My Take on 'You Just Want Attention,' and Other Things People Say About Mental Illness
I have heard a lot of people over the years talk about how annoying it is that some individuals use mental illness for attention. Recently, the popularity of platforms such as YouTube and blogging have allowed people to share their thoughts on what they believe to be attention-seeking behavior on what they categorize as “made up” mental illness. I’m going to give my perspective on the idea that some people make up their mental illness for attention, by giving my honest opinion as to how I perceive people’s behavior drawing on my own experience of mental health.
“You just want attention.”
I speak for myself when I say I definitely wanted attention, and sometimes still do need attention, but particularly when I was younger and very unfamiliar with what was happening in my mind. I wanted people to understand what was happening to me, I wanted my family to know about my symptoms, doctors to know, anyone who could help me to know, especially my friends, people I spend a lot of time with. Why? Because when you’re hurting, you want people to know so that they can help you. Help, which can come in the form of emotional support, sympathy, understanding, empathy or just simply another person’s attention.
I can say unashamedly that is exactly what I wanted. People to ask me what’s wrong, or why didn’t seem myself, so that I could talk and express or even just hurt with someone else by my side, and yes I wanted people to feel empathy for me, because the truth is, I felt pretty sorry for myself , along with petrified and frustrated, not knowing how I was going to deal with having mental illness in my everyday life. So yes, I did seek attention because I’m a human being and when I am hurting beyond my own understanding I turn to others.
My opinion might be controversial, but I will say if that means that I’m not emotionally as strong as I could be — then you’re absolutely right I am “weak.” Either way, this is why I actively seek help to manage, maintain and strengthen my mental health every day. I might not be the Incredible Hulk of psychological stability, but I am sure that my self-awareness puts me in a better position to look after myself and ultimately become stronger and more resilient to situations I may face life. Now here is why I will not tolerate being called weak according to some people’s definition — I’m not weak because I am in touch with my emotions, nor because I react to certain situations differently than you. That’s called being an entirely different individual which reflects in my behavior, so if you think of my person as a weakness, I just might have to disagree with you.
“You need to be more positive.”
I couldn’t agree more. I think most people, unless their mind is like a children’s TV show, need to be more positive on an everyday basis. It would sure make life easier if we always thought of the glass half full. But let’s be real, we are adults, children or teenagers and the truth of the matter is we live in the real world where both happiness, sadness, negativity and positivity exist. And everybody takes to that differently. We have all had the different upbringings, environmental influences, biological influences and we will all respond differently to the life we’re living, not because we are a negative person or a positive person, but because how we act is a product of who we are. Our past which is inherently different from everybody else’s. So when you tell me to be more positive, that could mean different things to us both.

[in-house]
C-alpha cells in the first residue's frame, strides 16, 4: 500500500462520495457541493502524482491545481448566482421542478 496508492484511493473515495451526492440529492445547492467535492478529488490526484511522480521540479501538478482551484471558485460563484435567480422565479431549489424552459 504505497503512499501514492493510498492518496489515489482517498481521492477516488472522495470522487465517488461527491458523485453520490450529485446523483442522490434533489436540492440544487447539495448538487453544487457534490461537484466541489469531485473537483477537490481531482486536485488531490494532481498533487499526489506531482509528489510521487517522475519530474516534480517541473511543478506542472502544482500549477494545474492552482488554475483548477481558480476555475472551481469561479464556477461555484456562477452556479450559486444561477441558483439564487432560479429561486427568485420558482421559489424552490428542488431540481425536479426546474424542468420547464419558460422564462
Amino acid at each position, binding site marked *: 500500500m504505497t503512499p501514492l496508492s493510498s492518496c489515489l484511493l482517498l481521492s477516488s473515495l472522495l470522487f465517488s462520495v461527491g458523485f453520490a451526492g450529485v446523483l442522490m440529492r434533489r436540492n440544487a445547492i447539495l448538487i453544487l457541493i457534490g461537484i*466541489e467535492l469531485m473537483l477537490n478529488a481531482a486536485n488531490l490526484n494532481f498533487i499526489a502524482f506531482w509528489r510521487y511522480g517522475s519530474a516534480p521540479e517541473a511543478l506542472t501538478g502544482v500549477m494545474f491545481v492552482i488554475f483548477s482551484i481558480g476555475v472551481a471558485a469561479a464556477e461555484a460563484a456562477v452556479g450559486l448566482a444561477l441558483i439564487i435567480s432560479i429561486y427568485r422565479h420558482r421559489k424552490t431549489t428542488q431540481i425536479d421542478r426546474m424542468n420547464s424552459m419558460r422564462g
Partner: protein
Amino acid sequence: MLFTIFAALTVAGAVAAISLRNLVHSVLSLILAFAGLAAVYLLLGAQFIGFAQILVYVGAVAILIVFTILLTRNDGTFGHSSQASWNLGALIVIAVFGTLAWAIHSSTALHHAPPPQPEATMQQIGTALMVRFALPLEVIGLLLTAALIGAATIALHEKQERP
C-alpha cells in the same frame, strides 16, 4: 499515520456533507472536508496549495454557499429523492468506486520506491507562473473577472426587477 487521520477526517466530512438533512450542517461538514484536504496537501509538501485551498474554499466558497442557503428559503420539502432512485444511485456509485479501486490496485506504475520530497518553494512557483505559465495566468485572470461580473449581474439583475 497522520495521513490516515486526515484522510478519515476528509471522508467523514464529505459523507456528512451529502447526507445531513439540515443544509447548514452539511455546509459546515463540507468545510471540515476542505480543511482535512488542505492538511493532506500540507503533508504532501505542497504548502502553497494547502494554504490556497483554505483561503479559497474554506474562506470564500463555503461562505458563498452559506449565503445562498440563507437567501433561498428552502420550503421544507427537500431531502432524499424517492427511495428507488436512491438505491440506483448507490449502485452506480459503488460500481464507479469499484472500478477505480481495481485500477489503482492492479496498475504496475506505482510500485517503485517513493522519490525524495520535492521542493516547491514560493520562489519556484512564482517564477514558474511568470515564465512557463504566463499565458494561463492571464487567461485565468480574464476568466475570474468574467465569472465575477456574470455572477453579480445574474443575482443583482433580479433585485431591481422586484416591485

For example, I could see it as getting up having a shower and going out for a walk, and you could see it as speaking affirmations in the mirror. You might say, isn’t it such a beautiful day, and I might choose to say nothing and just breathe in the air and admire the trees. When you force a generalized idea of what positivity it on everybody, not only is it annoying, but it actually has the reverse effect — because you start to believe if you do not experience this positivity, something is wrong with you, which is simply not true.
“At least you’re still able to do XYZ.”
Thanks for pointing that out, bud! I almost forgot. This links in with the former point about positivity, however I do feel like as a society we do this way too much. There will always be people in worse circumstances than we are in, but because we are not them — it is almost impossible for us to know, feel or understand the exact nature of their suffering. However, we do happen to be ourselves, in our own bodies, in our own mind and can definitely feel the extent of our own suffering. I know this first hand, because I realized for most of my life, I have denied myself the right to feel what I feel because I don’t think I have it that bad. There will always be people worse off than others, and when people have nervous breakdowns and recluse, self-harm, withdraw or die by suicide you have to conclude that suffering is suffering and it needs to be addressed in its own context, with its own attention and its own sensitivity. It’s hard to help others if you’re not willing to accept your own pain and recover.
If you or someone you know needs help, visit our suicide prevention resources page.
If you need support right now, call the National Suicide Prevention Lifeline at 1-800-273-8255 or text “START” to 741-741.
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Thinkstock photo via dmbaker